The U.S. Constitution guarantees rights to all people in the U.S., regardless of citizenship status, which includes the right to be free from unlawful searches and seizures. In practical terms, that means that during a police or immigration officer encounter:
You can carry the Immigrant Legal Resource Center’s "red card" with you to read your rights in case of contact with ICE13. To read more about your rights, please see the National Immigration Law Center's resources14.
What can I do to keep my family safe?
You can help them develop a safety plan, as well as inform them of their rights. Please see the Immigrant Legal Resource Center’s family preparedness plan.15
I am planning to marry my U.S. Citizen or Lawful Permanent Resident partner – how does that affect my status?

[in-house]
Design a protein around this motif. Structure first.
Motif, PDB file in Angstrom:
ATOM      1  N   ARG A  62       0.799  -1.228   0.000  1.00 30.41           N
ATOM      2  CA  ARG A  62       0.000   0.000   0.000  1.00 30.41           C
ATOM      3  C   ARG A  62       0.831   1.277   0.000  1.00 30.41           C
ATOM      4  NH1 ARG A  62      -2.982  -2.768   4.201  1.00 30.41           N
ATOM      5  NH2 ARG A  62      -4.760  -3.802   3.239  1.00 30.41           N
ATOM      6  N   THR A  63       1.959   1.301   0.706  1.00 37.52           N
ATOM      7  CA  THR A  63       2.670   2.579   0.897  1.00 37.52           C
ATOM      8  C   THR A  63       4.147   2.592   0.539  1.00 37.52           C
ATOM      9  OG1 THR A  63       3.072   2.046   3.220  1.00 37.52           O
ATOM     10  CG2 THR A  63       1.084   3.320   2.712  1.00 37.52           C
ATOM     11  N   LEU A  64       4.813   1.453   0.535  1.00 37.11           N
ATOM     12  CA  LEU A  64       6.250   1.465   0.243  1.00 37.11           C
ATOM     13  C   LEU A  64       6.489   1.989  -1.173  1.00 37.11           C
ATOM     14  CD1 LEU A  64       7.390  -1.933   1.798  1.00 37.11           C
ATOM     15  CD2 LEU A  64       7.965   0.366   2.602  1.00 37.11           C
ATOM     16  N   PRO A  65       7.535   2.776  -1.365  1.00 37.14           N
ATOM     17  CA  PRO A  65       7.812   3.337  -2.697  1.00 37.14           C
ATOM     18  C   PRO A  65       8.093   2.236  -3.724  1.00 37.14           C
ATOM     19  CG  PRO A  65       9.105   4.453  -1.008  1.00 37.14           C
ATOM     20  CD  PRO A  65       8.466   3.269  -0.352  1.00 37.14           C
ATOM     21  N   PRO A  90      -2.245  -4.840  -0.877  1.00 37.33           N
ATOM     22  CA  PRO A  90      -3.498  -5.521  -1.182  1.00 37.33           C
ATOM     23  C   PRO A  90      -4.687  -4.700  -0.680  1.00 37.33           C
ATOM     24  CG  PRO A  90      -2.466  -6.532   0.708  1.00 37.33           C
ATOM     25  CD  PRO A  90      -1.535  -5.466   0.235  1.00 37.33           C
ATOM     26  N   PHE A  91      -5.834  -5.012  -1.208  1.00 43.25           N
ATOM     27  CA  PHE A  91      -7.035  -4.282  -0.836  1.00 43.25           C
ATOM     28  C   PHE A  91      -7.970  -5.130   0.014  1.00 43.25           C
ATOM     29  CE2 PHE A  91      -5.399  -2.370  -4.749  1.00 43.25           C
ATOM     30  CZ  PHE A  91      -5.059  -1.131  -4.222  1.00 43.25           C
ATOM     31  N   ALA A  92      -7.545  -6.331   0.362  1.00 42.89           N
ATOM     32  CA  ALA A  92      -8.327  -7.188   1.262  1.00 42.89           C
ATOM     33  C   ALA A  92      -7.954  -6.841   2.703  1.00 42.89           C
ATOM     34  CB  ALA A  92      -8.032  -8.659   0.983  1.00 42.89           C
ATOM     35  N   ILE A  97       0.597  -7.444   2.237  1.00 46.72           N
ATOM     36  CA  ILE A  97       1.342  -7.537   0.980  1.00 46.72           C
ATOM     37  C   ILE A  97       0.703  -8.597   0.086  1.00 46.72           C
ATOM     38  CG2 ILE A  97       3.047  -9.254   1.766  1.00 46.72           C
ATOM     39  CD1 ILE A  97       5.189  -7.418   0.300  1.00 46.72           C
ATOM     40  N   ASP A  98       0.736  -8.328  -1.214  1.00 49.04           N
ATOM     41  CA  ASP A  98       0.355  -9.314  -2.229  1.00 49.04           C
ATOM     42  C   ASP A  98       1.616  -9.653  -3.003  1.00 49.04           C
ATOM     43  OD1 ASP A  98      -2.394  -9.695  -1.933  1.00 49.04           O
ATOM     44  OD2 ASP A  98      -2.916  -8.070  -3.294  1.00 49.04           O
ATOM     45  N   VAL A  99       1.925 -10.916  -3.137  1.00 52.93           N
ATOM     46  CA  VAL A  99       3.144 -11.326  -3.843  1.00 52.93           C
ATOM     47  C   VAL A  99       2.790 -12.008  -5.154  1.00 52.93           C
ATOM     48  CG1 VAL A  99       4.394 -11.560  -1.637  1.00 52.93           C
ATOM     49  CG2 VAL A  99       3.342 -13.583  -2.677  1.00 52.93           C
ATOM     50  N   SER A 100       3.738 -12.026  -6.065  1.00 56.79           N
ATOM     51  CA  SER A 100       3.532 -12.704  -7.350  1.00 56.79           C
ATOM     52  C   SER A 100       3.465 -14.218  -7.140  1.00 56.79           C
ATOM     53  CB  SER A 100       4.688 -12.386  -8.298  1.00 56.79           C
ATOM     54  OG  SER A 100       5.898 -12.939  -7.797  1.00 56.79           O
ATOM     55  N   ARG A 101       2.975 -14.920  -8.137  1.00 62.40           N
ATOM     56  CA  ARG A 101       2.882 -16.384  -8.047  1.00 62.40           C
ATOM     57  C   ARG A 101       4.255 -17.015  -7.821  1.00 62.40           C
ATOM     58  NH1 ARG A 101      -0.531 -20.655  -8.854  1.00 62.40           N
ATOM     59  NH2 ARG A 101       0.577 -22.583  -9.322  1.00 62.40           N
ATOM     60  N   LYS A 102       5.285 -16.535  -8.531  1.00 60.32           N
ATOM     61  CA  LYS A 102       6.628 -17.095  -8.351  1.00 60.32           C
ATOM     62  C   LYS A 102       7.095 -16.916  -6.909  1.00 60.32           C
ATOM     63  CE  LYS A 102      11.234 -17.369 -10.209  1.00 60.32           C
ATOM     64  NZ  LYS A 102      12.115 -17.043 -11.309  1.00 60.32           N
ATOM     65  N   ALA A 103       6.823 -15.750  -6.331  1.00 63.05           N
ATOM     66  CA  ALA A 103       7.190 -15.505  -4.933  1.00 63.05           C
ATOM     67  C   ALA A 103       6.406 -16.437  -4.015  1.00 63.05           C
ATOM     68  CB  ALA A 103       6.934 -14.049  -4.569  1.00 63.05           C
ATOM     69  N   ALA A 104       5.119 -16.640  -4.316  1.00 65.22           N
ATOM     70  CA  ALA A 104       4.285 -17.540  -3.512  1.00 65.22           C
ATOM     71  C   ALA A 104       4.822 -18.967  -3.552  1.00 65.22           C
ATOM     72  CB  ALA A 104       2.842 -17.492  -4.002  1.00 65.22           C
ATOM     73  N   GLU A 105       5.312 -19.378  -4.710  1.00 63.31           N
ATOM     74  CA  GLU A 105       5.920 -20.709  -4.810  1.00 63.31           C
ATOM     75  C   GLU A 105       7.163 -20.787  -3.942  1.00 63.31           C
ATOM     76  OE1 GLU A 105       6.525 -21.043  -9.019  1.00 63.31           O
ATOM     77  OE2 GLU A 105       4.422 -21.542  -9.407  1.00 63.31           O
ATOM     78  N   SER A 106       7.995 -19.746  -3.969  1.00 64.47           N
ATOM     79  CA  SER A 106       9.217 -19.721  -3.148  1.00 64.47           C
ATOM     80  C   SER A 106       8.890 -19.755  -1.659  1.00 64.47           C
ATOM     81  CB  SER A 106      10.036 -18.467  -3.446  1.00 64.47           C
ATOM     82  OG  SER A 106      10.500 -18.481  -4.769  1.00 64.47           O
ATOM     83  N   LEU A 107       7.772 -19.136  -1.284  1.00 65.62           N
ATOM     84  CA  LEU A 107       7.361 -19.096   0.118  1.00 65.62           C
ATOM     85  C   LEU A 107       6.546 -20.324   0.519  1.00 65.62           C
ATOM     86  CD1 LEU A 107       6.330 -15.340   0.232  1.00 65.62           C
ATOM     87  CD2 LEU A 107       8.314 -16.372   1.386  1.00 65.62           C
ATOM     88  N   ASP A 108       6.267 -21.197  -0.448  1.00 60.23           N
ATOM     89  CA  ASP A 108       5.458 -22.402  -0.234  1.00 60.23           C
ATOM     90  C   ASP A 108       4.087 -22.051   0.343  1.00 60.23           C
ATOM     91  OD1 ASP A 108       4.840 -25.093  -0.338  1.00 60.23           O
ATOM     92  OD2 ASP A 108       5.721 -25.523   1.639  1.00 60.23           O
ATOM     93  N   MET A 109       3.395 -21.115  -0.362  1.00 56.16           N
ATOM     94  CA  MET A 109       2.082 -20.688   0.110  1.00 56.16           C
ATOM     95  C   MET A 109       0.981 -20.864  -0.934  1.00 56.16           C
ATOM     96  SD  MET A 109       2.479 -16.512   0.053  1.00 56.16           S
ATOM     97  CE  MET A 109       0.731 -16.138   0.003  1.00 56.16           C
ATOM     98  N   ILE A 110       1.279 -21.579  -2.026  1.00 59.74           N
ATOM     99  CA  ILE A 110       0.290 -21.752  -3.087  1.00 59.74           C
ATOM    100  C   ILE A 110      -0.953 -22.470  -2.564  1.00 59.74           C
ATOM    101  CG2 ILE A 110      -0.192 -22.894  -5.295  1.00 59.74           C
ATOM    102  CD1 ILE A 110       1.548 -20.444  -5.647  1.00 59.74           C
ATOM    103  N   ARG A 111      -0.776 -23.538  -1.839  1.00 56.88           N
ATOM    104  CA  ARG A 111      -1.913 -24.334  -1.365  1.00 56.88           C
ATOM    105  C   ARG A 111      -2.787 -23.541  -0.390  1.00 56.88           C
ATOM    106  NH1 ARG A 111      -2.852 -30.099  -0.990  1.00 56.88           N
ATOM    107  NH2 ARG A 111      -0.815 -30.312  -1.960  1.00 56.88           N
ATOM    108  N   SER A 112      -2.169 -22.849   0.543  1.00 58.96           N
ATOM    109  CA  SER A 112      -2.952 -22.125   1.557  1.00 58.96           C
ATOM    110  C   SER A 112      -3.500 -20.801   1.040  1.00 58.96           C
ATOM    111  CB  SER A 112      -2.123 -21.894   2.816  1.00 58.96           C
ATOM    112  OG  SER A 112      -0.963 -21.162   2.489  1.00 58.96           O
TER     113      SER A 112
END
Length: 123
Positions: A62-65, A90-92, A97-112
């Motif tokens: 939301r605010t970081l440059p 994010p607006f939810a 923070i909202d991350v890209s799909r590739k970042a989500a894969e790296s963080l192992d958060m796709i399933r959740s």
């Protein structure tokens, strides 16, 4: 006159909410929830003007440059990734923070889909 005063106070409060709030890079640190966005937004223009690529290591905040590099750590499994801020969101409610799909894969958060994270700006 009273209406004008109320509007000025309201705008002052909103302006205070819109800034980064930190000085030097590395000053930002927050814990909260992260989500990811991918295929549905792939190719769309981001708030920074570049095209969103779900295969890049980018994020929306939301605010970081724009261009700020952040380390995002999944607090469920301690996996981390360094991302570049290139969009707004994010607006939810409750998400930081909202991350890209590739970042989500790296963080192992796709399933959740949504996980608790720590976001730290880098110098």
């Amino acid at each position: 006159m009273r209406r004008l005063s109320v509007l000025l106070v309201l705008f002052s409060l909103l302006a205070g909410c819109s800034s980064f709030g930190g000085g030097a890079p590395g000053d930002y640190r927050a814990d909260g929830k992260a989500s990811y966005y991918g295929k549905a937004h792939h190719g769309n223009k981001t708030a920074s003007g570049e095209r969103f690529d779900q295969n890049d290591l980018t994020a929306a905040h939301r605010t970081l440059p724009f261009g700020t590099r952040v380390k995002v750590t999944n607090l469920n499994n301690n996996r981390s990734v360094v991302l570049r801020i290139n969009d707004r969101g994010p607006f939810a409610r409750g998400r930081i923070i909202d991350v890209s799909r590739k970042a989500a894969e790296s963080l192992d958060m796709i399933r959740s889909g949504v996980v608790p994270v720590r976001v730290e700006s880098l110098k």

You may be able to adjust your status, but it depends on your specific situation. It is very important that your marriage is a "real" or "bona fide" marriage, which means that your marriage cannot be fraudulent.
There are many factors that may preclude an applicant from gaining lawful permanent residency through marriage, such as the manner in which the applicant entered the United States and complex laws known as "grounds of inadmissibility." Please contact
legal counsel to assess whether this is the right option for you and your partner.
Is there any way I can legalize my status besides marrying a U.S. Citizen or Lawful Permanent Resident?
You might be eligible for some form of immigration depending on your individual circumstances. Aside from marriage to someone with lawful status, other options include:
We will continue to monitor changes to DACA and immigration policy and will provide updates as needed.
1Large portions of this guidance document are borrowed from the University of California Legal Services Center. See
10 See FAQ No. 6: